Shell started marketing its Convent refinery in July 2020, but moved into shutdown mode several months later.

Shell plans to begin layoffs for nearly 700 workers in March at its Convent oil refinery, which it expects to fully shut down in August.

The Louisiana subsidiary of Royal Dutch Shell, Equilon Enterprises LLC, previously had announced layoffs but has now filed an official notice with the Louisiana Workforce Commission outlining its plans. 

Shell looks to lay off all 698 workers at the refinery, 340 of whom are represented by a union, according to the letter. 

The company is still offering a voluntary severance program for some workers at its Norco refinery near New Orleans, opening the possibility of placing some workers there and at a chemical plant in Geismar that it operates. The Norco plant is unionized; the Geismar plant is not. To make room for some of the laid-off workers, early retirement and buyouts would be key.

The United Steelworkers union negotiated with the company about severance packages for laid-off union members in early November. The union contract won't expire until 2022. 

"Negotiations went well," said Marty Poche, the USW representative for Local Union 13-750. "We have been working together to try and provide placement for as many of those affected employees. Hopefully we will be able to do so."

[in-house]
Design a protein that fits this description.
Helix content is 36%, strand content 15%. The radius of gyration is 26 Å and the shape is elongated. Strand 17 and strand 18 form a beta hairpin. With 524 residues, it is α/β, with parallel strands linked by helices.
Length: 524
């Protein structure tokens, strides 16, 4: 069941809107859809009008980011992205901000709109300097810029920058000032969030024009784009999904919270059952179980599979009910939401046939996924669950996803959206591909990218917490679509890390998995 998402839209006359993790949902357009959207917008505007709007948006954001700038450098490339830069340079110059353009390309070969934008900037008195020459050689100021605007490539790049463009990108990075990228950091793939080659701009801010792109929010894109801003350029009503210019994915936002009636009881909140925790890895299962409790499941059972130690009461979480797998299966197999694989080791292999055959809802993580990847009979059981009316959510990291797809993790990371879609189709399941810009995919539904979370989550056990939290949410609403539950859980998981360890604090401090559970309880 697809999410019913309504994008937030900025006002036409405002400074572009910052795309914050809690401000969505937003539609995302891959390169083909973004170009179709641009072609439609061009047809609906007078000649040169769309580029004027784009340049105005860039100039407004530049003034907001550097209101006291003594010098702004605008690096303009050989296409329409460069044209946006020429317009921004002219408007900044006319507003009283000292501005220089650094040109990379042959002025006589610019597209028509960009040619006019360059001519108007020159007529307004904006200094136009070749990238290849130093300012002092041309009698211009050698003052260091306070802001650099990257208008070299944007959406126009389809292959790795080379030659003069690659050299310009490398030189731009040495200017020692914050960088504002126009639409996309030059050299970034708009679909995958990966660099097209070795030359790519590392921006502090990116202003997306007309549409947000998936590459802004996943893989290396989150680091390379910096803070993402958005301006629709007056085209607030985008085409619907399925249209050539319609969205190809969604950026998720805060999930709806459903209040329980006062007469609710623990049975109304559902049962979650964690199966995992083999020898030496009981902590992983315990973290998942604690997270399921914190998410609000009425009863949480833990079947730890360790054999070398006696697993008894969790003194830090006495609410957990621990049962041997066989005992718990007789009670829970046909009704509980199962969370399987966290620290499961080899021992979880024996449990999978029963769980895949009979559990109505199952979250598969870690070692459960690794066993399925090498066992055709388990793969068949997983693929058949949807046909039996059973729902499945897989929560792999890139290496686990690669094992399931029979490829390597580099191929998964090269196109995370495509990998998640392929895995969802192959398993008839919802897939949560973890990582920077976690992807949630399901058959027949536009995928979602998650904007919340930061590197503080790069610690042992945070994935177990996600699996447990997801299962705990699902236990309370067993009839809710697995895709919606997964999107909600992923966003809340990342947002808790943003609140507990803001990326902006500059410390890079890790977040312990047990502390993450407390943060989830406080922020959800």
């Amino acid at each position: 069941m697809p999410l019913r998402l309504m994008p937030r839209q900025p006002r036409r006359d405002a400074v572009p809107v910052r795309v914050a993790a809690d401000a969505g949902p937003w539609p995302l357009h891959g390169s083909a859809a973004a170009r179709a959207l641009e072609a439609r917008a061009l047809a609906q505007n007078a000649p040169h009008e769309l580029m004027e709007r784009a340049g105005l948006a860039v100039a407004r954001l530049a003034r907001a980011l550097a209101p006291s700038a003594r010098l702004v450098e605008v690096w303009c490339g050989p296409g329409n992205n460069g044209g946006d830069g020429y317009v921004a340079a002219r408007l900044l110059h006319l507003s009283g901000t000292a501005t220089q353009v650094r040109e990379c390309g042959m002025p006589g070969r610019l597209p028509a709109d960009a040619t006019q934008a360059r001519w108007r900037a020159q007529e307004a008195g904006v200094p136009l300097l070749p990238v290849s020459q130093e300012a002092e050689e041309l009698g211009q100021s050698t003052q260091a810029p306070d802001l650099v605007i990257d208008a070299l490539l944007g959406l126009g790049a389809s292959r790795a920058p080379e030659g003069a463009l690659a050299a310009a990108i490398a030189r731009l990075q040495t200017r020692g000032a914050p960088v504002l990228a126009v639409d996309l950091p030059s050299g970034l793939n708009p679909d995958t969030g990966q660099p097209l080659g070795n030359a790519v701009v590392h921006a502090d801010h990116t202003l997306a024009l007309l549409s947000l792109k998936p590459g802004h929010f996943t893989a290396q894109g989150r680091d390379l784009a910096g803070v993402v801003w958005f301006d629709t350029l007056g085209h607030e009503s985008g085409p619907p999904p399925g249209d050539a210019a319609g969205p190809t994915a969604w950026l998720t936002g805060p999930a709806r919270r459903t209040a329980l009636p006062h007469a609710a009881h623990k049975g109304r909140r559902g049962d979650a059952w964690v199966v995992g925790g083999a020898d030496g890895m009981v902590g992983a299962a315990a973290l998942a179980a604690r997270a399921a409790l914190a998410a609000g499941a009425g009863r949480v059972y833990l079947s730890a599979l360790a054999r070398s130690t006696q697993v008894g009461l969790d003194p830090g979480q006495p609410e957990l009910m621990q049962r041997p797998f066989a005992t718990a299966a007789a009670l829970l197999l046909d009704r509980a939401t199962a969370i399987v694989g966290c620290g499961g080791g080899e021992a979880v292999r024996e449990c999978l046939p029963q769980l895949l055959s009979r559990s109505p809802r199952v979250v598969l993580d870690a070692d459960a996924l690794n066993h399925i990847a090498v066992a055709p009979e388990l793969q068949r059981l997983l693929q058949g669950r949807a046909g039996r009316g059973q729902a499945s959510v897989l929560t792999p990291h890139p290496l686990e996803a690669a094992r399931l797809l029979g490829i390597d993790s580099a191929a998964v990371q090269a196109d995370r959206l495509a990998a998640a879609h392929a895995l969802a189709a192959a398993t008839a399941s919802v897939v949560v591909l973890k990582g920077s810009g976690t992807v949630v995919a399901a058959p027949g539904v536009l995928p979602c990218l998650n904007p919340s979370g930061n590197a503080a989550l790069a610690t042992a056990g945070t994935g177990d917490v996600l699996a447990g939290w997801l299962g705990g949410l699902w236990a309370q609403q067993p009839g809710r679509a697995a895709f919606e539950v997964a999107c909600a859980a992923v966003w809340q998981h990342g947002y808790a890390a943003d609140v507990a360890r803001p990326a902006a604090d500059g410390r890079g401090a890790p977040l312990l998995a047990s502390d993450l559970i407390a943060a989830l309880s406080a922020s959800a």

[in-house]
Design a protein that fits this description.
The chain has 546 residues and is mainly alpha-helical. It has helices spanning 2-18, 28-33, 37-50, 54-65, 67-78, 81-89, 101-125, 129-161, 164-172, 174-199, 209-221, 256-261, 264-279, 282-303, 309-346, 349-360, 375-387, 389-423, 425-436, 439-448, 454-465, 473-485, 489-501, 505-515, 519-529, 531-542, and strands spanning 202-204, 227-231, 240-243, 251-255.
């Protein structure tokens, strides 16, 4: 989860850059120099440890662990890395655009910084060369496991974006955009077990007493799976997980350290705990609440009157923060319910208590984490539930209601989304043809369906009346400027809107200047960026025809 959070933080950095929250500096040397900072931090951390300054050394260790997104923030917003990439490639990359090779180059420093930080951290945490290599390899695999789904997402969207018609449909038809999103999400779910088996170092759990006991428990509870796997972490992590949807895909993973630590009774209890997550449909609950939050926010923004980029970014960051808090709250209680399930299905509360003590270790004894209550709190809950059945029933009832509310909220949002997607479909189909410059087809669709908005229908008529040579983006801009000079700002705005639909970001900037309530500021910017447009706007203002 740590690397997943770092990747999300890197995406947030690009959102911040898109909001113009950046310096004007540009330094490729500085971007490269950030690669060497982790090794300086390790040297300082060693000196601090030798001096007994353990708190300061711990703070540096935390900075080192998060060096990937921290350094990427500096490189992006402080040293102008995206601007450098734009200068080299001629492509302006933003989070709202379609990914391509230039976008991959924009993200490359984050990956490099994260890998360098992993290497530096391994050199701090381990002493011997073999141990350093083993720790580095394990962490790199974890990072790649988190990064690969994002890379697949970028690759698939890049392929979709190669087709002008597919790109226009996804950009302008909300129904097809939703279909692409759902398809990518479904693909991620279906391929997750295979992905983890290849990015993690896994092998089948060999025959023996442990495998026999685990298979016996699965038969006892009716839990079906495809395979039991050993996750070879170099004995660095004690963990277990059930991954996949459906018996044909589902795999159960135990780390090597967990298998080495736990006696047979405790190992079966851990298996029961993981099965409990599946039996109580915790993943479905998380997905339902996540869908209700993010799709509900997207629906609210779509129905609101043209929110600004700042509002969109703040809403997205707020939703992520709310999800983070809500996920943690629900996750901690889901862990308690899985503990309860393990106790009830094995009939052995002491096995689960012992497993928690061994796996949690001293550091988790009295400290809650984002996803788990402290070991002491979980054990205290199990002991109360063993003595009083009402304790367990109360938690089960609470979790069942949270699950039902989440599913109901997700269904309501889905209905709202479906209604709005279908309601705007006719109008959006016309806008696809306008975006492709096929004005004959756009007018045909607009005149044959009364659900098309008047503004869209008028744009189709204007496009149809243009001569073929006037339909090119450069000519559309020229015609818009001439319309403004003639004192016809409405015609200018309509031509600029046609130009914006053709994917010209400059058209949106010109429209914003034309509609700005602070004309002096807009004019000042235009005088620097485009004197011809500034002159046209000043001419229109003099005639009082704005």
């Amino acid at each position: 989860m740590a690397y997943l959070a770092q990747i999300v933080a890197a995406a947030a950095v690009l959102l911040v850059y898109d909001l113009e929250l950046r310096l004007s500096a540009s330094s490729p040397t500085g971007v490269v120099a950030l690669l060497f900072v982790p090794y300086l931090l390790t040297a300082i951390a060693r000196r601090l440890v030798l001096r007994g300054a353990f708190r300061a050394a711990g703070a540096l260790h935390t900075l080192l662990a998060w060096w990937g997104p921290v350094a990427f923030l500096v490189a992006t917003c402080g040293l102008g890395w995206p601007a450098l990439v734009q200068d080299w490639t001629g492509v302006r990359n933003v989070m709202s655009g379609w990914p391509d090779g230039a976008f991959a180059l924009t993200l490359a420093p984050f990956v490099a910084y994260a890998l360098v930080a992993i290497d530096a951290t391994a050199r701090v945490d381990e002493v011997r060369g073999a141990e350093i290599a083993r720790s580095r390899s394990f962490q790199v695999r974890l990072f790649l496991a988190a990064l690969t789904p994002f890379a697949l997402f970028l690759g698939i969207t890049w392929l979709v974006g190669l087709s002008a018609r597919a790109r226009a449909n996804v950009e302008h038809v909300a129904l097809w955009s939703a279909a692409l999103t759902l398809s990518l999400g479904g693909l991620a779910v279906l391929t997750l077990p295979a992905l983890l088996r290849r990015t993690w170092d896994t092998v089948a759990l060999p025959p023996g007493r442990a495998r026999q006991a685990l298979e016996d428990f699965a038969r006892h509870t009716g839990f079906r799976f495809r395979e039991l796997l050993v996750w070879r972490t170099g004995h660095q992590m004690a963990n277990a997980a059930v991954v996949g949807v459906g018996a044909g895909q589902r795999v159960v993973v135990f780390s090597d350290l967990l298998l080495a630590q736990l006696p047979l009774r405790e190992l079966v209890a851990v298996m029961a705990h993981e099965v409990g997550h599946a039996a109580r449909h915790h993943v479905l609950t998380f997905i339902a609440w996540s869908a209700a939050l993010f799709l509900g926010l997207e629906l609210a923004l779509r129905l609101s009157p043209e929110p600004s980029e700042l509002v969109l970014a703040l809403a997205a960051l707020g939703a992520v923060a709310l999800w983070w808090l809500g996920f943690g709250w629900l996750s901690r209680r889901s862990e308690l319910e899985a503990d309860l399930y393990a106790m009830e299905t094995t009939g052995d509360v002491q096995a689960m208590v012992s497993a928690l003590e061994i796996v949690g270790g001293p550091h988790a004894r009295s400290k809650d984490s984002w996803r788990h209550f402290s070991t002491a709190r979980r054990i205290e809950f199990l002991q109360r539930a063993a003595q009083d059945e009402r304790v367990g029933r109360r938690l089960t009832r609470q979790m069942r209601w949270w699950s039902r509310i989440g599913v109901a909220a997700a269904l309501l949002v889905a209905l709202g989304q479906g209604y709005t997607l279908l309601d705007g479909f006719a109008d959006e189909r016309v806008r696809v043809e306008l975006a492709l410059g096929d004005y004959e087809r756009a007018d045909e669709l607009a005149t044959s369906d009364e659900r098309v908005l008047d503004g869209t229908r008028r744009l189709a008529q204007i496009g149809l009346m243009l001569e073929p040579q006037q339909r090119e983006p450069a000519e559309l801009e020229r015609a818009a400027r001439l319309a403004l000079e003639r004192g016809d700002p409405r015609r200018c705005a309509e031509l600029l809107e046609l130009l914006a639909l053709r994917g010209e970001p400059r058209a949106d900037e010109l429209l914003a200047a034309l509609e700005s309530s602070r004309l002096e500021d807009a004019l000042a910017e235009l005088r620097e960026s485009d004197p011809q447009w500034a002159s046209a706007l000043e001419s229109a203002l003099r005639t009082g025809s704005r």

It was not immediately clear how many jobs might be available. That process is expected to begin during first-quarter 2021.

"Most of those folks will be working through most of next year to safely shut down, decommission and preserve the facility," Poche said. 

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The company began the shutdown process in mid-November, when some of the 400 contractors who worked on the site left.

Shell sought to sell the refinery, which processes more than 211,100 barrels of crude oil each day, but has not found a buyer. The Shell Convent refinery has not been profitable for several years, even before the decline in demand for gasoline prompted by travel restrictions during the coronavirus pandemic.

The company is in the process of consolidating its refinery portfolio and investing in a more integrated petrochemical complex instead. It looks to produce more biofuels, hydrogen and synthetic fuels as Shell positions itself for a transition to a low-carbon future because customers are asking for lower carbon products.

Two other oil refineries in Louisiana are laying off workers as the profit margin for producing gasoline and jet fuel has tanked in recent months: Krotz Springs and Calcasieu Refining Co. 

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